Differential Thermal Analysis and Calorimetry of Waxes

  • Robert G. Craig
  • John M. Powers
  • Floyd A. Peyton


Thermal analysis of waxes used in dentistry has been conducted using simple techniques such as differential plots from cooling curves1,2 and comparison of the temperature of a wax and a silicone oil on cooling.3 More recently the authors4 reported a differential thermal analysis (DTA) study of dental waxes and their components. Infrared absorption studies of the phase transitions in waxes has been published by Martin, Johnson, Cannon, and O’Neal5 and by Ludwig6, and the latter showed the orthorhombic-hexagonal and hexagonal-liquid transitions of paraffin wax could be determined from the infrared spectra and an analysis of paraffin and microcrystalline waxes in mixtures could be determined by this method. Lange and Jochinke7, Lorant8, Kawasaki, Komizu, and Uchida9, and Currell and Robinson10 reported differential thermal analysis of a variety of commercial waxes and esters. Lange and Jochinke7 concluded the height and position of the peaks were influenced by many factors and thus quantitative analysis of waxes by DTA in most instances was not possible. The later study by Currell and Robinson10 showed microcrystalline and polyethylene waxes were characterized by an endotherm at 475 to 480° C and the area of this peak could be used to estimate the amount of these waxes in mixtures; the melting curves were not unequivocal but for a few exceptions the paraffin waxes had at least two endothertns and the microcrystalline and polyethylene waxes only one.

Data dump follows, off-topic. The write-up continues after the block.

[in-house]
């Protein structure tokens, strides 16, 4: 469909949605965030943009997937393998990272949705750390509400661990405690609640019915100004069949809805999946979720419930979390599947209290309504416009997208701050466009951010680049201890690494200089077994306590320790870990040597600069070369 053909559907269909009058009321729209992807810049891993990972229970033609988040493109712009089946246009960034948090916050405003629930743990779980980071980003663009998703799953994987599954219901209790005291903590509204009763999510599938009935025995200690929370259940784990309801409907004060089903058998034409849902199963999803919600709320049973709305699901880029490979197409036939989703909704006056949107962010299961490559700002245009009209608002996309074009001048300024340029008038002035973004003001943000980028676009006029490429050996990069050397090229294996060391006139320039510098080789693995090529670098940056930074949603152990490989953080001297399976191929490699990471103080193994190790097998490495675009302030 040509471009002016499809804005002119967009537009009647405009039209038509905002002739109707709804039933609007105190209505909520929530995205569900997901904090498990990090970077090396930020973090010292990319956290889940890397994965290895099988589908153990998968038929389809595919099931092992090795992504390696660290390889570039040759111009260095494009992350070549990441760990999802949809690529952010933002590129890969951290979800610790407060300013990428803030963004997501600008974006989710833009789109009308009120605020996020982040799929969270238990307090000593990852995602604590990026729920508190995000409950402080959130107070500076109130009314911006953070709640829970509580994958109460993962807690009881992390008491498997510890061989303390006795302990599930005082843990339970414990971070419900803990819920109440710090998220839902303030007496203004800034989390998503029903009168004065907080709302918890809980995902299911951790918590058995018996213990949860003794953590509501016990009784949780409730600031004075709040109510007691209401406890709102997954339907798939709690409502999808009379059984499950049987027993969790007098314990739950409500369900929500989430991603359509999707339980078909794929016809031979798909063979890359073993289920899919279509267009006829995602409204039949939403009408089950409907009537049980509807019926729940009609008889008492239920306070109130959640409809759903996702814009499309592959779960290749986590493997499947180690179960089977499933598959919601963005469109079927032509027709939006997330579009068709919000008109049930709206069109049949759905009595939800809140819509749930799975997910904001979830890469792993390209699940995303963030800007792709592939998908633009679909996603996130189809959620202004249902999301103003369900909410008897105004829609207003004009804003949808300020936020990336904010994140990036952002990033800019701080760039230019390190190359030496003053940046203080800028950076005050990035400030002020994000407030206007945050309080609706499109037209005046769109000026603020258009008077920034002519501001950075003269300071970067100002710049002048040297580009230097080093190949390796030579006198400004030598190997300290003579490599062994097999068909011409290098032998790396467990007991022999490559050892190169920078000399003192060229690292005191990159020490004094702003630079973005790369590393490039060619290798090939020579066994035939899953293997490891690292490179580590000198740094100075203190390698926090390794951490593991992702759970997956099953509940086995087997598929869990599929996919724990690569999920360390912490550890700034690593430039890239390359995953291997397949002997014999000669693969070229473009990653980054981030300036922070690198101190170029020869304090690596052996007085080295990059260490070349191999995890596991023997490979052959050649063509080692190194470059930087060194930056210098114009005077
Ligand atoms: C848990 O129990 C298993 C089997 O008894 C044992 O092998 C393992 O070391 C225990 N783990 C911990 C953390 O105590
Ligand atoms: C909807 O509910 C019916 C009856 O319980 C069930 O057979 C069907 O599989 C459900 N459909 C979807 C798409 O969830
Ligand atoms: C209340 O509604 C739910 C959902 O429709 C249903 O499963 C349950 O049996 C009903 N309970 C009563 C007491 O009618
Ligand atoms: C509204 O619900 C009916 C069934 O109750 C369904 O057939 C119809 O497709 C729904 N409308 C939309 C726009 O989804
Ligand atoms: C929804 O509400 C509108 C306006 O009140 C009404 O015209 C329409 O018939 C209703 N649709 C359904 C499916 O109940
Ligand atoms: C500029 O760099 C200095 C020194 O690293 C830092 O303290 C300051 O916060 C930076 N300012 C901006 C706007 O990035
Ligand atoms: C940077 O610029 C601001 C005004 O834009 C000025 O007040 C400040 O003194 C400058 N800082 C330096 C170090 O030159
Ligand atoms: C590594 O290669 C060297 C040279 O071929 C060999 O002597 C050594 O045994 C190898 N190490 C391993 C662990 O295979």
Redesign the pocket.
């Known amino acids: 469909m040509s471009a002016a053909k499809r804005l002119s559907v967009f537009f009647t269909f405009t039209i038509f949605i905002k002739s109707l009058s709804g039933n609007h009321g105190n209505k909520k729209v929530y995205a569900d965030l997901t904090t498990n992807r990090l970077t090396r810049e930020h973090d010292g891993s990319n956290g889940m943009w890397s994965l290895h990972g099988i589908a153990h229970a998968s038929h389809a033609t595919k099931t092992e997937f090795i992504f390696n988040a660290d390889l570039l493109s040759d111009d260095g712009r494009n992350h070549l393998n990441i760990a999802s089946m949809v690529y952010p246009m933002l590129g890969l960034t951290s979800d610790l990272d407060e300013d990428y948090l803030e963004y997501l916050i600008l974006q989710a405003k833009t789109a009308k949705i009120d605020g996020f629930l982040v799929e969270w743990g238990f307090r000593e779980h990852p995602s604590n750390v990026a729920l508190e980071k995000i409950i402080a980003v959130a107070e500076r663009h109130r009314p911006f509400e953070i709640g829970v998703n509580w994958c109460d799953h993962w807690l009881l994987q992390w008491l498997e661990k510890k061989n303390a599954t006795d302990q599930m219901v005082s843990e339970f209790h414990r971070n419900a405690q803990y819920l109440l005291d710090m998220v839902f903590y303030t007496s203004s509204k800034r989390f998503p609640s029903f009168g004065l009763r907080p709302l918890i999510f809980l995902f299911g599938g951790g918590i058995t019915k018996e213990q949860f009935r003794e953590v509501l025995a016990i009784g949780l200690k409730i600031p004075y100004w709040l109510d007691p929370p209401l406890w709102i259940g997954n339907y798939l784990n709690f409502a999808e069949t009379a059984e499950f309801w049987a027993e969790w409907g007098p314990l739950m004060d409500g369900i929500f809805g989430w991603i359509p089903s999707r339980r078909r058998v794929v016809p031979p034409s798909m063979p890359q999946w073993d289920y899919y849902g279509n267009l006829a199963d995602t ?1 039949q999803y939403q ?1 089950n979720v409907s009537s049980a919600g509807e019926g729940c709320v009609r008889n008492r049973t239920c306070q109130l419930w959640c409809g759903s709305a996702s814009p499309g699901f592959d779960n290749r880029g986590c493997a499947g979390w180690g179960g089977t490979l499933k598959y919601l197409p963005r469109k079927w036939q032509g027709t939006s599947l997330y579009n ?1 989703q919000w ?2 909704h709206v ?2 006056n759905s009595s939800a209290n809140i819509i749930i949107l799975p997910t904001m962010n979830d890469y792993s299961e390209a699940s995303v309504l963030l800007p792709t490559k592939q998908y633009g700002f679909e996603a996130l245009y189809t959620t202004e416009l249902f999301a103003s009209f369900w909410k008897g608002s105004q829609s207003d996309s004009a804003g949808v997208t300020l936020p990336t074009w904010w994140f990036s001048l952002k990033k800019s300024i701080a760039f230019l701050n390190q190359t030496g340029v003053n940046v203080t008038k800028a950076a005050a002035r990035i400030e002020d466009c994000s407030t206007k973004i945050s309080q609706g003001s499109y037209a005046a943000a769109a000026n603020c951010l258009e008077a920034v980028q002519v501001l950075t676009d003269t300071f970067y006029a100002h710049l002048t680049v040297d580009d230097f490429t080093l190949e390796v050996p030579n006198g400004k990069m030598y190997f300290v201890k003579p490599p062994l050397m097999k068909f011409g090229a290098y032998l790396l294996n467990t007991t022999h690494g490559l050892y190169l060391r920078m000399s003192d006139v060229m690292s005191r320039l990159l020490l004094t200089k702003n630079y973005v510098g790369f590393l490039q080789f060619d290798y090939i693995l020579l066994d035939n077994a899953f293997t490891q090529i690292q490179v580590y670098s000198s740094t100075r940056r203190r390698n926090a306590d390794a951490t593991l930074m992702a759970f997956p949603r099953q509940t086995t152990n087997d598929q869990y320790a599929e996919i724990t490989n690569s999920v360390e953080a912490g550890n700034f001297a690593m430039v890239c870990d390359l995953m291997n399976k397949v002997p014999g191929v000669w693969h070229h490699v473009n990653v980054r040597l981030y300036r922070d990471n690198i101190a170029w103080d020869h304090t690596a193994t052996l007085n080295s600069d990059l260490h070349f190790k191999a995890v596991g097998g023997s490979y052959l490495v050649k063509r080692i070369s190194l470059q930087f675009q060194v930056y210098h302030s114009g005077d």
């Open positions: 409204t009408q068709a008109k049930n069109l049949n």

Differential Thermal Analysis Melting Transition Orthorhombic Lattice Calorimetric Curve Infrared Absorption Study 
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Copyright information

© Plenum Press 1968

Authors and Affiliations

  • Robert G. Craig
    • 1
  • John M. Powers
    • 1
  • Floyd A. Peyton
    • 1
  1. 1.School of DentistryUniversity of MichiganAnn ArborUSA

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